Monday, July 27, 2009

Stocks Flat As Consolidation Appears Likely

US stocks spent the majority of the session in negative territory, only to catch a bid late in the day and record modest gains. As there were few major companies reporting earnings, traders searched for signs of a recovering economy in new home sales data, which surged 11% from the previous month.

At this point, such news from the housing sector is extremely positive, though foreclosures continue to escalate in hardest-hit areas of the county, such as Michigan, California and the Southwest.

Dow 9,108.51, +15.27 (0.17%)
NASDAQ 1,967.89, +1.93 (0.10%)
S&P 500 982.18, +2.92 (0.30%)
NYSE Composite 6,364.66, +27.20 (0.43%)

Internals were in line with the headline numbers, though the trading range was extremely narrow (80 points on the Dow). Not to put too fine a point on it, but nothing much was moving in any direction following a week of relatively strong gains. Advancing issues outnumbered decliners, 3886-2522 and new highs continued their recent reign over new lows, 213-86. Volume was moderate, as traders change positions in what may be another consolidation phase.

NYSE Volume 1,045,247,000
NASDAQ Volume 2,159,129,000

The issue for markets is once again technical, as indices have surged again to positions indicating a recovering economy and possible renewed growth, though signs of such are remain few and far between. With many of the major companies already having reported, the market is likely to experience a bout of profit-taking near term, though many indicators are pointing towards a continuation of the rally.

It would be nice to be able to sound the "all clear" horn, but macro-economic forces, especially the solvency and liquidity issues in the banking fortress, are still in a state of virtual shutdown. Further out, the only geopolitical zone which shows any potential for long-term growth is the Pacific Rim, India and China. The US and Europe remain basket cases with far too much overhang in government deficits, an indirect result of last fall's near catastrophe. Money to lend remains on short leashes, with only the best credit-worthy of borrowers able to dip into the pool. Small business in the private sector offers great potential, but is being stifled without financing, causing a serious negative feedback loop into the general economy.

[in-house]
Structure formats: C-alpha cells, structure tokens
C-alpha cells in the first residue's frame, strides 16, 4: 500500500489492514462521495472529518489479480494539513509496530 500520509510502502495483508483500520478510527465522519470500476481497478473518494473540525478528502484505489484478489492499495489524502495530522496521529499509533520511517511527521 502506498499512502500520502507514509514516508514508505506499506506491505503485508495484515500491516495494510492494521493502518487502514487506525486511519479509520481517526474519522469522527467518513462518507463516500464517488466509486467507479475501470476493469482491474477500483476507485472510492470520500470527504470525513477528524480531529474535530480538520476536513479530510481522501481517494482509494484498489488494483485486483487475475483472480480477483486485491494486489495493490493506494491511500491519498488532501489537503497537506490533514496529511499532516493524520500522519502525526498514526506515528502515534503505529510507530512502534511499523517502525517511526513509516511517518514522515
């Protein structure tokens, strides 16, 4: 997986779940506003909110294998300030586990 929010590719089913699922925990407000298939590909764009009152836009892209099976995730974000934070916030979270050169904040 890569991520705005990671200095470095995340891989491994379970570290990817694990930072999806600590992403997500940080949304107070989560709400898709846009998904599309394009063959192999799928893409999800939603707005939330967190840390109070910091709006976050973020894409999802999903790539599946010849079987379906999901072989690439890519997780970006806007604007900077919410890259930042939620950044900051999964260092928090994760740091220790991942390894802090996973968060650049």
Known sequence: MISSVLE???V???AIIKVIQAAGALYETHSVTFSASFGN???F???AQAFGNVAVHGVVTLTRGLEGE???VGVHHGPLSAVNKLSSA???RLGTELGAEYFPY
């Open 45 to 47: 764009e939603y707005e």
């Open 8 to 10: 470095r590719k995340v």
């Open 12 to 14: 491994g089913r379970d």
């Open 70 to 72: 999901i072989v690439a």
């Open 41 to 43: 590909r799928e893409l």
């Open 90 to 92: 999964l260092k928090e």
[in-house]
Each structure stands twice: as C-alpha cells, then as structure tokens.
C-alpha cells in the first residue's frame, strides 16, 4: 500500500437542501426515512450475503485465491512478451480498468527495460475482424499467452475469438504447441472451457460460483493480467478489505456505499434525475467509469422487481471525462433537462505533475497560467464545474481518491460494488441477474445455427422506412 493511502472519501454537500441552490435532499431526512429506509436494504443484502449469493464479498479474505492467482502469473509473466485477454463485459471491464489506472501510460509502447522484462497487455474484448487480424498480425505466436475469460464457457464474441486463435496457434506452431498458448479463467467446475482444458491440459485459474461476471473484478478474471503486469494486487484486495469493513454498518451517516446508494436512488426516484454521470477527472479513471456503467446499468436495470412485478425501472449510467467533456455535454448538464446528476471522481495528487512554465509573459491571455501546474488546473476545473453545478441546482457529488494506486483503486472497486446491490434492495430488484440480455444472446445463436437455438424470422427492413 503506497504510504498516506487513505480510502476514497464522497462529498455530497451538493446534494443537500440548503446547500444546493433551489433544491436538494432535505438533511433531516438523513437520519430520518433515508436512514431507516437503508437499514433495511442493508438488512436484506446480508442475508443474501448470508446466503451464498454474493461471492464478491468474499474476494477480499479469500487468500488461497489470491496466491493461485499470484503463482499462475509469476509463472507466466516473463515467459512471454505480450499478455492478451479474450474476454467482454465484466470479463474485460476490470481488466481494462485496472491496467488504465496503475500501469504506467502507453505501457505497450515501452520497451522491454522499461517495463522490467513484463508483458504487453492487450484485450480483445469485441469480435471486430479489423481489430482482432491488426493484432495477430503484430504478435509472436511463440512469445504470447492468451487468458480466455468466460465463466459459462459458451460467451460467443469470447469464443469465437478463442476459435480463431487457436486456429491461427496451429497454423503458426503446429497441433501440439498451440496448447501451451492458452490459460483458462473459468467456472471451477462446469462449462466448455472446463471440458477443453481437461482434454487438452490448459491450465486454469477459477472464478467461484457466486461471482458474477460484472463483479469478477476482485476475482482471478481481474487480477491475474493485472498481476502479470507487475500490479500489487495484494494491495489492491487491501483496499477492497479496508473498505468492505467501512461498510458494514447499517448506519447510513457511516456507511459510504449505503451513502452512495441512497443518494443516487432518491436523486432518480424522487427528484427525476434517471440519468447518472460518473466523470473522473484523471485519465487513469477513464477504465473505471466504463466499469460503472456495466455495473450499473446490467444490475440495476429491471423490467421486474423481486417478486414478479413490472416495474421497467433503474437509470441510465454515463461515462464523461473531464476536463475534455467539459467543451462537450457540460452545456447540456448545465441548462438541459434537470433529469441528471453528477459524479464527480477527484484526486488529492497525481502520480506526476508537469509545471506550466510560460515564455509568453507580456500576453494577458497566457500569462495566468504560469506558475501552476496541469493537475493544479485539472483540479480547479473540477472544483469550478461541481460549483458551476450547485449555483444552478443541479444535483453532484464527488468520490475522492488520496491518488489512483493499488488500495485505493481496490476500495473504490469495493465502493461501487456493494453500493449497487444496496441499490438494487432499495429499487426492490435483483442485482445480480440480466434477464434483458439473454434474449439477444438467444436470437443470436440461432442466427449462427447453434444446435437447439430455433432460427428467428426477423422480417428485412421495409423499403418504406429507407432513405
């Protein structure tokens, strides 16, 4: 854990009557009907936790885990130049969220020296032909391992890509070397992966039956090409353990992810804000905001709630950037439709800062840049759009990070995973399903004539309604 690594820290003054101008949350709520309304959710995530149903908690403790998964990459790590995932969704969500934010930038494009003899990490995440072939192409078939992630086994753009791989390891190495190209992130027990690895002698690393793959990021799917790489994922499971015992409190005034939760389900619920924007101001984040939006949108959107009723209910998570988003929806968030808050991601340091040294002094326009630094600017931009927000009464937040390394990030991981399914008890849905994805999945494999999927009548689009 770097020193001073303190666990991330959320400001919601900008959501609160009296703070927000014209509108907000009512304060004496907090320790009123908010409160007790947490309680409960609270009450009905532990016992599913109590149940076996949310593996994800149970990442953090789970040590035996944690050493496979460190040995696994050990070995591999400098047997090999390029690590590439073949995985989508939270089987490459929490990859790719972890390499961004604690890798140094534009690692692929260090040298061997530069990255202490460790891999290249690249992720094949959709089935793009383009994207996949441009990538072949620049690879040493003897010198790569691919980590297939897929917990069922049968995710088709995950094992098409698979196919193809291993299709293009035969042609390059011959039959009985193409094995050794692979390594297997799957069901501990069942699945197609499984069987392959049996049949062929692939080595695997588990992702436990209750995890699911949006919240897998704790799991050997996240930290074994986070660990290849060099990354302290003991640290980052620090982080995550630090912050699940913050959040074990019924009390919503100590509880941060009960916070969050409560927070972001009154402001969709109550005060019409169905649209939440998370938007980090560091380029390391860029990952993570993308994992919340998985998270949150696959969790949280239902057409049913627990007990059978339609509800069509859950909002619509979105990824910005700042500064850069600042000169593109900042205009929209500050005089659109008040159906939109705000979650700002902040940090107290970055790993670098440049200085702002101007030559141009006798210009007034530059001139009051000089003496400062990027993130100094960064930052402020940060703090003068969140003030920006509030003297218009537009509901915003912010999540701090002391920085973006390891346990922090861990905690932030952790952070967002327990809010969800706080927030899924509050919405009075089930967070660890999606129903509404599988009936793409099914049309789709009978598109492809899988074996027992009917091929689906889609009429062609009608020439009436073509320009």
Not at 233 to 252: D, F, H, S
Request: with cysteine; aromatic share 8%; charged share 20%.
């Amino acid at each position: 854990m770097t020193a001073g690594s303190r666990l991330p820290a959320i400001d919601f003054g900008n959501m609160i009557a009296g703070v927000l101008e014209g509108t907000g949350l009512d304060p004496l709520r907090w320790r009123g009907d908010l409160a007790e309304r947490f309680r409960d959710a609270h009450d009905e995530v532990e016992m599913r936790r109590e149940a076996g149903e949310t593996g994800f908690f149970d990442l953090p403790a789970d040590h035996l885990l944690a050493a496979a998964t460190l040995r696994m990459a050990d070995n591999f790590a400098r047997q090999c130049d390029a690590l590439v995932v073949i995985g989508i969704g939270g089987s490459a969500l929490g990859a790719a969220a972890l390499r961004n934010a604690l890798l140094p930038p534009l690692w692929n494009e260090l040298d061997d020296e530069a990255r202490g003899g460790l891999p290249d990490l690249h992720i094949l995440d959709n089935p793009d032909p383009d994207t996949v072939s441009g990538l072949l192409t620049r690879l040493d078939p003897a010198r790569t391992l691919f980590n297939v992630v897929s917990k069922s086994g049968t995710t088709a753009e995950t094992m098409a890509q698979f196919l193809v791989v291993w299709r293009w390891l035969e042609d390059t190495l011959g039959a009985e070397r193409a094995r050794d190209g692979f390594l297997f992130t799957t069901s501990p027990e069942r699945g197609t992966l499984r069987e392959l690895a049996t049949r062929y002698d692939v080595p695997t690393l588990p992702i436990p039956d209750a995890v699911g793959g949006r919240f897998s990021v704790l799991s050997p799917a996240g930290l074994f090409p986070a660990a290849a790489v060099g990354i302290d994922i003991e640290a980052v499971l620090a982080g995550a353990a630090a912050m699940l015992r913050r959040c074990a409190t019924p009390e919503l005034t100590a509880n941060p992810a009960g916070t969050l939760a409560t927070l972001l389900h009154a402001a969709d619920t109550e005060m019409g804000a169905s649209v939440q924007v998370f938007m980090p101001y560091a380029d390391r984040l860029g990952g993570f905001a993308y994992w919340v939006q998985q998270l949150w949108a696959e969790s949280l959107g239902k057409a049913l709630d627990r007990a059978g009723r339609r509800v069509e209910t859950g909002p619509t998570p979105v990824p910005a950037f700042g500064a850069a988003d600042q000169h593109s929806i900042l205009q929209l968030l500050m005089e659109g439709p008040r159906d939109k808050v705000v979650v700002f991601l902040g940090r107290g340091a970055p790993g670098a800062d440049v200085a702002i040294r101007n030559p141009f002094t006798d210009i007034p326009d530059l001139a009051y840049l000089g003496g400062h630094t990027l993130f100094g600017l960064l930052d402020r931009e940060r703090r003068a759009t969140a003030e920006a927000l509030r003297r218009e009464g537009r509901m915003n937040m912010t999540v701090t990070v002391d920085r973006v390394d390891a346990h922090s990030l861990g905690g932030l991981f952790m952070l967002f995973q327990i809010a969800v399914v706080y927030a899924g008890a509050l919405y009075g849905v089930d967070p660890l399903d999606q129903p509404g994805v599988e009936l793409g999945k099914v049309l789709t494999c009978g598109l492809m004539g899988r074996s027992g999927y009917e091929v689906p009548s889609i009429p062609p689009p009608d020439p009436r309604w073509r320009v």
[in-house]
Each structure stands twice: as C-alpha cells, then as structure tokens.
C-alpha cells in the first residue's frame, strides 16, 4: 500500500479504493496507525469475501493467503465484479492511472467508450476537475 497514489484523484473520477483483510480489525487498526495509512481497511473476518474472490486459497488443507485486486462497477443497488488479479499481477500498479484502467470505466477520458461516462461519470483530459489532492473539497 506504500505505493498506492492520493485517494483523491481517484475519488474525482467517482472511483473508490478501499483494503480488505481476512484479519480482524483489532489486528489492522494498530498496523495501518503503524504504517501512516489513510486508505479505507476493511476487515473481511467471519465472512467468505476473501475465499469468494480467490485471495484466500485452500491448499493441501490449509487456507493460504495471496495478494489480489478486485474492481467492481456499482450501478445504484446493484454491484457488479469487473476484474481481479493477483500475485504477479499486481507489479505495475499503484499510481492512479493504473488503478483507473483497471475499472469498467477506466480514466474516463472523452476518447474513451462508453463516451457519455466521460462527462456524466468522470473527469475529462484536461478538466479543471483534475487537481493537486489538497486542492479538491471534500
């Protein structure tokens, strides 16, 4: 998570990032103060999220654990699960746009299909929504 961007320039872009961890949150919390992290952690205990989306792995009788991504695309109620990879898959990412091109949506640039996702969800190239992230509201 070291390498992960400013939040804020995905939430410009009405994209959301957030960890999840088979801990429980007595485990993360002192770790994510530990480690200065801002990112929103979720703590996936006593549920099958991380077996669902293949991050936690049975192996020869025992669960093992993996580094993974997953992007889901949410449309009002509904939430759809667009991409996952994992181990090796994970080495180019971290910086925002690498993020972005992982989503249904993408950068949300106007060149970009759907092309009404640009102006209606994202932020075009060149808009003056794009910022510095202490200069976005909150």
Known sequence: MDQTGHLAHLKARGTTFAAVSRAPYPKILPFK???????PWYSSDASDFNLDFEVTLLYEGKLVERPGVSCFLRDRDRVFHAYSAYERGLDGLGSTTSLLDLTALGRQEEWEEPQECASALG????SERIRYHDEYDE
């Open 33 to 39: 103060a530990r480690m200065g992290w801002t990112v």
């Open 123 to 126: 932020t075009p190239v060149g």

The US is being kept afloat by the patchwork done by the Fed, Treasury and the continued funding of the huge swath of entitlement programs. Payments to beneficiaries of Social Security, state and local pensions, disability, unemployment insurance and welfare are providing a floor upon which the broader economy will try to grow. It's a very bottom-up approach, and entirely built upon the generosity of Congress and borrowed funds from a variety of sources, a good deal of it in the quantitative easing being undertaken at the Fed.

While it is entirely possible that the Obama stimulus plan will provide enough of a boost to avoid a rerun of 2008, there are serious issues such as inflation, ballooning state government deficits and the unusually high rate of unemployment. Until there are actual jobs being created, it's more or less a slowly plodding domestically-based cash economy without real gains in either productivity and job creation. As such, it's difficult to recommend any long-term stock buying. The market remains a casino for quick returns or losses.

Commodity trading was also sluggish. September light crude rose 33 cents, to $68.38. Gold gained 40 cents, to $956.30, and silver was up 12 cents, to $13.99. Oil remains overpriced in consideration of demand, flat to declining even in the full bloom of summer.

More companies report on Tuesday. The ones which will be watched the closest are Deutsche Bank (DB), Hitachi (HIT), Universal Health Services (UHS), United States Steel (X) and Valero Energy (VLO).

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